Wednesday, June 24, 2009
Blacktail Canyon is on river right at Mile 120. Unlike so many other side canyons, it does not end in a spectacular pool or a waterfall. What it does have is a sand and gravel beach, although not one most folks would recognize right away.
It is the base of the Tapeats Sandstone, lying on top of the schist at head level as we head up the canyon. This is the Great Unconformity - a boundary in the rock layers that represents a gap between incredibly old rocks and rocks that are merely ancient. The top of the underlying schist, perhaps 1.8 billion years old, is the eroded surface of a rocky coastal landscape caught in time half a billion years ago. As the ocean gradually rose, the waves planed off this surface, breaking off chunks of the metamorphic rock and spreading it in layers on the advancing beach. What we see now on the wall of Blacktail Canyon are multiple layers of sand separated by bands of coarse, angular gravel derived from the schist (there are quartz veins in the underlying rock and quartz clasts in the overlying beach deposits).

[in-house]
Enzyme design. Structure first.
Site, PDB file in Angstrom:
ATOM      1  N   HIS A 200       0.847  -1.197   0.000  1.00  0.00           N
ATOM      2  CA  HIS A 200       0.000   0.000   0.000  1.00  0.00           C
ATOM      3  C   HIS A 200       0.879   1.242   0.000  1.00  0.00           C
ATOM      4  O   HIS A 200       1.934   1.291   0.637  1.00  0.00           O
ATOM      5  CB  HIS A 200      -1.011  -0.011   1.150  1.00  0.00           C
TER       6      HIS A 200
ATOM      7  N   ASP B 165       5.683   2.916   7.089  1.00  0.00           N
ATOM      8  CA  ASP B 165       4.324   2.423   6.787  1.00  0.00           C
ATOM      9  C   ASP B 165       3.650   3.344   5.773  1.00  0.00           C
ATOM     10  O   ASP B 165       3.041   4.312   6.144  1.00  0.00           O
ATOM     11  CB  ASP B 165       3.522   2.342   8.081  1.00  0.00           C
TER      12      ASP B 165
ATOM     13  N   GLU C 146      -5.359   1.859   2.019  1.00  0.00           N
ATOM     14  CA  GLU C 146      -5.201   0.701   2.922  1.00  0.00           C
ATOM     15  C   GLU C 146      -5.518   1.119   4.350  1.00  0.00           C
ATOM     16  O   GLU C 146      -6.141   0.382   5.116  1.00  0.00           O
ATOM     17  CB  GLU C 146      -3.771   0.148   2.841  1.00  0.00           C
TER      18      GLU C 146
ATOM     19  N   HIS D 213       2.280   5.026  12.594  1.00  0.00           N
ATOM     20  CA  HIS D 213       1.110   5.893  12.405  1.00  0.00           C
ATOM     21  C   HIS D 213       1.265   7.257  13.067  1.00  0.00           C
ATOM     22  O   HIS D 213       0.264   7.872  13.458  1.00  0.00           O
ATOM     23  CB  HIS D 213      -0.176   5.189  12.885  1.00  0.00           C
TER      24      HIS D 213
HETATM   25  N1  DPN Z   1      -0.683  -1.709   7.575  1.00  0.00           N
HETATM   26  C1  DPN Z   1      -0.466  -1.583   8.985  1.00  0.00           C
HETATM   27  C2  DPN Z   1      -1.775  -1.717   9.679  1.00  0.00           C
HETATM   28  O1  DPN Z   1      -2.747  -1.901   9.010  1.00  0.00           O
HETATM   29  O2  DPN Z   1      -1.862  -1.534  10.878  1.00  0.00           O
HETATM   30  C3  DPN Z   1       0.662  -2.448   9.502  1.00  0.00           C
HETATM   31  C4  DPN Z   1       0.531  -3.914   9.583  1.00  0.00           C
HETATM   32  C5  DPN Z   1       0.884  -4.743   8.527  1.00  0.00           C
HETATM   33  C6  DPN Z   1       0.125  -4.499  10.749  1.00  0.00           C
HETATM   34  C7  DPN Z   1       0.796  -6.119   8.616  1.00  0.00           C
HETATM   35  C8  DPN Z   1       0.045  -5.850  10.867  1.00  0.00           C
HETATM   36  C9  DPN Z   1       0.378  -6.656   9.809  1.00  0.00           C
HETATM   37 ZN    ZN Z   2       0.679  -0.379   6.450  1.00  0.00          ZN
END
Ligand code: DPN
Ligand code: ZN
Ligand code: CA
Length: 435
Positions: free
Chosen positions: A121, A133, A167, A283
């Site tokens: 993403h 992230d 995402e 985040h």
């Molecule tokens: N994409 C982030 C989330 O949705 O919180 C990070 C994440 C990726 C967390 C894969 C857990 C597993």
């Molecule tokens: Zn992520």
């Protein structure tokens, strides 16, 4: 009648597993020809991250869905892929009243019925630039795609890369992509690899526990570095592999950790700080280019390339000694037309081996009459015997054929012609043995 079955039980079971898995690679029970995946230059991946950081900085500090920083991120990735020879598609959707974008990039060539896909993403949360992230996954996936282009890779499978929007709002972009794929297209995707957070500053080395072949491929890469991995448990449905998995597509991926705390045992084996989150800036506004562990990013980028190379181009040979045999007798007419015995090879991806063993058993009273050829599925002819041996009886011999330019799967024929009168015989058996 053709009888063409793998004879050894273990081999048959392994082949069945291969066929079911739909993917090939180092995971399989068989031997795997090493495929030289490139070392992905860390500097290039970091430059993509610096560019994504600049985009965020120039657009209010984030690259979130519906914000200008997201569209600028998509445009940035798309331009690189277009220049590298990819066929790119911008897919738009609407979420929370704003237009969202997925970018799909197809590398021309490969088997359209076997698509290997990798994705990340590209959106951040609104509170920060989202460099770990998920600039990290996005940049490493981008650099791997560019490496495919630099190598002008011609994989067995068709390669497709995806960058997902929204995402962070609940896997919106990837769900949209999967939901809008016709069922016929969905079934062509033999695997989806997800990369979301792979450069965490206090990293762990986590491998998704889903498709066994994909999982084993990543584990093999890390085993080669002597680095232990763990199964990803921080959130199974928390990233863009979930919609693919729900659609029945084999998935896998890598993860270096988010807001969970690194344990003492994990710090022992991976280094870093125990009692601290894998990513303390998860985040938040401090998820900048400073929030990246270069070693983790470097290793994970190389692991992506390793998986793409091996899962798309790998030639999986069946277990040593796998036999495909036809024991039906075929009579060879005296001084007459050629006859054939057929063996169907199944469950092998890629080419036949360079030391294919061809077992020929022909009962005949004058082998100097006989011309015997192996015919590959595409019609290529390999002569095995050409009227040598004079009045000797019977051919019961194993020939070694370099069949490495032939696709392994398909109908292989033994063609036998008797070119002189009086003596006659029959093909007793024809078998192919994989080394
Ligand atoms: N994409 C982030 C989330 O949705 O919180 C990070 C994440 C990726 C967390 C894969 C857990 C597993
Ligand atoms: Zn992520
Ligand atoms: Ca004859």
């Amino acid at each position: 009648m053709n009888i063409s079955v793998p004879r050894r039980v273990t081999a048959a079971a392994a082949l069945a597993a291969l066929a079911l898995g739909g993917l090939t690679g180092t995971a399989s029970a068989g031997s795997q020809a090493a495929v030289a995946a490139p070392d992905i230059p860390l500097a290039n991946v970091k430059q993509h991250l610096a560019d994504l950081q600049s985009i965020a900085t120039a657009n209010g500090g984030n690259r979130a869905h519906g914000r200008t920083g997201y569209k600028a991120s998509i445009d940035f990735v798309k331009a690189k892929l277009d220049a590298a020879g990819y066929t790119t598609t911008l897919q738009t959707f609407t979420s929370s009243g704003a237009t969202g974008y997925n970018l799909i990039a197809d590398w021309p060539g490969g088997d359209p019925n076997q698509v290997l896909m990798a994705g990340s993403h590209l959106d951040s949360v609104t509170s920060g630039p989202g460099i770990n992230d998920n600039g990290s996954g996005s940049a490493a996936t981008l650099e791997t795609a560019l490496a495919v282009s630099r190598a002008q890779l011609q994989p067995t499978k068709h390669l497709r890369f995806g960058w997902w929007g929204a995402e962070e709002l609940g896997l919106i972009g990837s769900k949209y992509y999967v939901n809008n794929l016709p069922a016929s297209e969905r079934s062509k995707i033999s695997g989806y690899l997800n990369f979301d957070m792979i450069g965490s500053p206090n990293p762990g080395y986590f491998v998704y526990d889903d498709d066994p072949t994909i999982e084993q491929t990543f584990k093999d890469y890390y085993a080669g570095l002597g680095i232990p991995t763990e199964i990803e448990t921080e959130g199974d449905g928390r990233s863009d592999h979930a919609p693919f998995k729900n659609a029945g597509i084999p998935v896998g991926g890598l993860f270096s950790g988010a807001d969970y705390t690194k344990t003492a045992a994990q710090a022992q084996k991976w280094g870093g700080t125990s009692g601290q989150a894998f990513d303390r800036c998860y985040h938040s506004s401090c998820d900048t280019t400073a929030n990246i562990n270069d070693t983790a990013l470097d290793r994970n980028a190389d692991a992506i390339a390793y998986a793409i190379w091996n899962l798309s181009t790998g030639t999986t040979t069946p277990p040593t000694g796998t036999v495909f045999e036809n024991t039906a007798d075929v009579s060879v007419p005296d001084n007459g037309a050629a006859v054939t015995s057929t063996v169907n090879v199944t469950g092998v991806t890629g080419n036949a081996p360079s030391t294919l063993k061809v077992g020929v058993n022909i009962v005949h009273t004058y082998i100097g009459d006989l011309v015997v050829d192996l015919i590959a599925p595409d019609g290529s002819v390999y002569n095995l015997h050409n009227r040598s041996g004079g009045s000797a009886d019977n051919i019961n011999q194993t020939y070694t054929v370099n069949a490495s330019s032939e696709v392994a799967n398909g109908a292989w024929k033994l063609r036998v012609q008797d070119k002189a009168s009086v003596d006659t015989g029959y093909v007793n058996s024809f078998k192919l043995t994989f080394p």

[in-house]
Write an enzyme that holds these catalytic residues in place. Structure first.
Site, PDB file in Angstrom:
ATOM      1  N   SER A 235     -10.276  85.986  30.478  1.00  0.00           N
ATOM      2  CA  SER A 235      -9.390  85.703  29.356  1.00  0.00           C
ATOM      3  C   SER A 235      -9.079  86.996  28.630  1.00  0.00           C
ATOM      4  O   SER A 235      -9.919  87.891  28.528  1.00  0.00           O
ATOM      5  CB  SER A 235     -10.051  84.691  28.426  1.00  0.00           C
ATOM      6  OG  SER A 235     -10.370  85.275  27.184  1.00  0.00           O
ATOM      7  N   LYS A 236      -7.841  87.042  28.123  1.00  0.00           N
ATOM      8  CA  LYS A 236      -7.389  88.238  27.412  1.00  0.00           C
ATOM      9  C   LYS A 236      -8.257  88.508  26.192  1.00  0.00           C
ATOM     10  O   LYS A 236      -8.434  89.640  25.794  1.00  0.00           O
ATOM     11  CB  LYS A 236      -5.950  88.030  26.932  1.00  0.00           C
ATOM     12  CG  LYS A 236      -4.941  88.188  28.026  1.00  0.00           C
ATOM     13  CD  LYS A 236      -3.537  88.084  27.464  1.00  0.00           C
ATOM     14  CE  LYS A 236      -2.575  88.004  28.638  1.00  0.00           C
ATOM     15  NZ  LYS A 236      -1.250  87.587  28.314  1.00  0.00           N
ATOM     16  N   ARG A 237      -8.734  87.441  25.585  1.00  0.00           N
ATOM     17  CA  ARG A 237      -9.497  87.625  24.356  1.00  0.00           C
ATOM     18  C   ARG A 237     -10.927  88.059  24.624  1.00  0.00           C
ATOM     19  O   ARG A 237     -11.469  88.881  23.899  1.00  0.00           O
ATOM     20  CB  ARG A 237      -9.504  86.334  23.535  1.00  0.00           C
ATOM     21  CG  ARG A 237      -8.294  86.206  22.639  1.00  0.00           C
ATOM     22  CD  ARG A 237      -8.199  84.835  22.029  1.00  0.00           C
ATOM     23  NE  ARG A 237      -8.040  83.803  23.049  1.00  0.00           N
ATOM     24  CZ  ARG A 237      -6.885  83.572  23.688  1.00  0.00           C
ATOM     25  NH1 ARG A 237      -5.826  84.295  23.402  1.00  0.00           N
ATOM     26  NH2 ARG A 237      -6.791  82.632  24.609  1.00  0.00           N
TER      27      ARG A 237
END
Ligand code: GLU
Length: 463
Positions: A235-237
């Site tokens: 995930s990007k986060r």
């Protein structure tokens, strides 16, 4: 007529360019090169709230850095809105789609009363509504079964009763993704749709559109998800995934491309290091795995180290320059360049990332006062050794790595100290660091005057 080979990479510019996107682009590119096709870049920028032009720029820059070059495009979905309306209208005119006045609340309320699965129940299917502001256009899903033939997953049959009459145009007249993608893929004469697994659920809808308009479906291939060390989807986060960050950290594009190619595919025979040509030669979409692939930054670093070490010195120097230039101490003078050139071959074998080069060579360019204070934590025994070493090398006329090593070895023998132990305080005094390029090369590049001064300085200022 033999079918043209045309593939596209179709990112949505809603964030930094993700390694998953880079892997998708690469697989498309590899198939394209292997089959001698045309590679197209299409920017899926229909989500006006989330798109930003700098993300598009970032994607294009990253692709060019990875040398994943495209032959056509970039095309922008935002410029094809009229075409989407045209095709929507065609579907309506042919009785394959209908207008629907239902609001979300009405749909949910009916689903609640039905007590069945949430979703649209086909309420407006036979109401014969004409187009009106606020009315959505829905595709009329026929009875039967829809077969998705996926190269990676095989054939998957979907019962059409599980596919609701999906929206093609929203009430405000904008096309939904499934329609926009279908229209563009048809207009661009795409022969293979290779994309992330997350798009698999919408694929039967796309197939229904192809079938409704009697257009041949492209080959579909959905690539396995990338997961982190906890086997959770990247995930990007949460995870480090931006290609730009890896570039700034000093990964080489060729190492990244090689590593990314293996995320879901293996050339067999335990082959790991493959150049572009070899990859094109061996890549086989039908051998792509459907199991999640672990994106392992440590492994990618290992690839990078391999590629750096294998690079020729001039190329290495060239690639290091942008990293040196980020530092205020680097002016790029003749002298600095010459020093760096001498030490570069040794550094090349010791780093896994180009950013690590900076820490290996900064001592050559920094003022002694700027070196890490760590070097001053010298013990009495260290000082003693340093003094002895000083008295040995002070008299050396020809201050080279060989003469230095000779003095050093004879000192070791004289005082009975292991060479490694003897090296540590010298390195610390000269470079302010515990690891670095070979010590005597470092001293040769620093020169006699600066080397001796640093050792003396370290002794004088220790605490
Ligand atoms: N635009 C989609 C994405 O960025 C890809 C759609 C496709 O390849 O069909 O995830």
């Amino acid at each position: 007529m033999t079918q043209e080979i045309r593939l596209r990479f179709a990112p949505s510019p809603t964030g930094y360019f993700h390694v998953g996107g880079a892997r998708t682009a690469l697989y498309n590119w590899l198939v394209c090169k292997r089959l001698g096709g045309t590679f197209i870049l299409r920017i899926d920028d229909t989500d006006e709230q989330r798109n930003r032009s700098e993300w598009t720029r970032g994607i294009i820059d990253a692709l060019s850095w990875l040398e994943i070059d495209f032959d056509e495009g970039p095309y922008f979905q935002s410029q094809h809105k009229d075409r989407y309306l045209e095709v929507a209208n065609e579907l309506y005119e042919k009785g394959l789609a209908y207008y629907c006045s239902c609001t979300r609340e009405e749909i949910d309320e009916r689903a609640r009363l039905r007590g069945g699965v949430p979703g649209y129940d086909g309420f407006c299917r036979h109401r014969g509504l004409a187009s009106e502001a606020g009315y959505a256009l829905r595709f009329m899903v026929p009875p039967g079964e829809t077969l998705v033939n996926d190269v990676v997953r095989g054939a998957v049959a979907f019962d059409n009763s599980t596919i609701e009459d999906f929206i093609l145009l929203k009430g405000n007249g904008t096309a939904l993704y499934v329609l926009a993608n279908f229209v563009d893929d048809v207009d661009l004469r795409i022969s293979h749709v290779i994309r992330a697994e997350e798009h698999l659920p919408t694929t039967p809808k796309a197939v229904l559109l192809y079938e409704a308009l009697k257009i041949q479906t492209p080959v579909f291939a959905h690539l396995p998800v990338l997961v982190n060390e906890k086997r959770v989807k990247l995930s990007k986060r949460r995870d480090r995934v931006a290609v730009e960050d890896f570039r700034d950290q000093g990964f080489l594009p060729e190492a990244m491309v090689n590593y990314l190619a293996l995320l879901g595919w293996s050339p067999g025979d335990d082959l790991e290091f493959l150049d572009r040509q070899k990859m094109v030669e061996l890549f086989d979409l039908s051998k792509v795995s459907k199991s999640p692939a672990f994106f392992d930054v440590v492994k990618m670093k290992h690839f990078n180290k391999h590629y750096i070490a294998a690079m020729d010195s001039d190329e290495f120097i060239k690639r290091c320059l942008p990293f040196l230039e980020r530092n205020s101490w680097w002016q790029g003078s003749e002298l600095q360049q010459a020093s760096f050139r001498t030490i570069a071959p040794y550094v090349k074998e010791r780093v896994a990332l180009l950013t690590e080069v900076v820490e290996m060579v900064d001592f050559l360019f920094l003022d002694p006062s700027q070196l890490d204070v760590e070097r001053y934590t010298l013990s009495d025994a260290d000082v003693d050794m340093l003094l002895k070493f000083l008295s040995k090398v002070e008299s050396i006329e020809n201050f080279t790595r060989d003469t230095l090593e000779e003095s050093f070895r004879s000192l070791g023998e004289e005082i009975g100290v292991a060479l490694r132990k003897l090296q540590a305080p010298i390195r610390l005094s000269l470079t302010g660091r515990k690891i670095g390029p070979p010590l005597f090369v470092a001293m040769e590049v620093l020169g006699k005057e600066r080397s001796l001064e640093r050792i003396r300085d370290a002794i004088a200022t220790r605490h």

I suppose for each of the layers we see preserved, many more were formed and then erased. I wonder if each of these layers records a storm or a series of spring tides? Maybe on closer examination we would find thinner layers that represented the sediment moved by individual waves?
Imagine a rocky shoreline on the New England coast. The rocks are Paleozoic schists and phyllites, intruded by slightly less ancient granites. The Atlantic is at your feet, but the coast is gradually subsiding and the beaches advancing farther onto the land. With time, these rocks are buried by more layers of beach sand and then later, as the water deepens, with silt and mud and eventually limestone. Half a billion years later, the land has been uplifted, a river has carved a deep canyon, and some strange creature in a rubber raft discovers your fossilized cellphone (the size and basic skeletal structure of a 3" trilobite) on the unconformity that separates the schist from the beach.
The Tapeats was my favorite rock formation in the Canyon - partly because it told this wonderful story of ancient shorelines and partly because it was a distinctive and beautiful feature of the canyon. Downstream from Blacktail we float through Conquistador Aisle, with beautiful ledges of Tapeast Sandstone lining the river.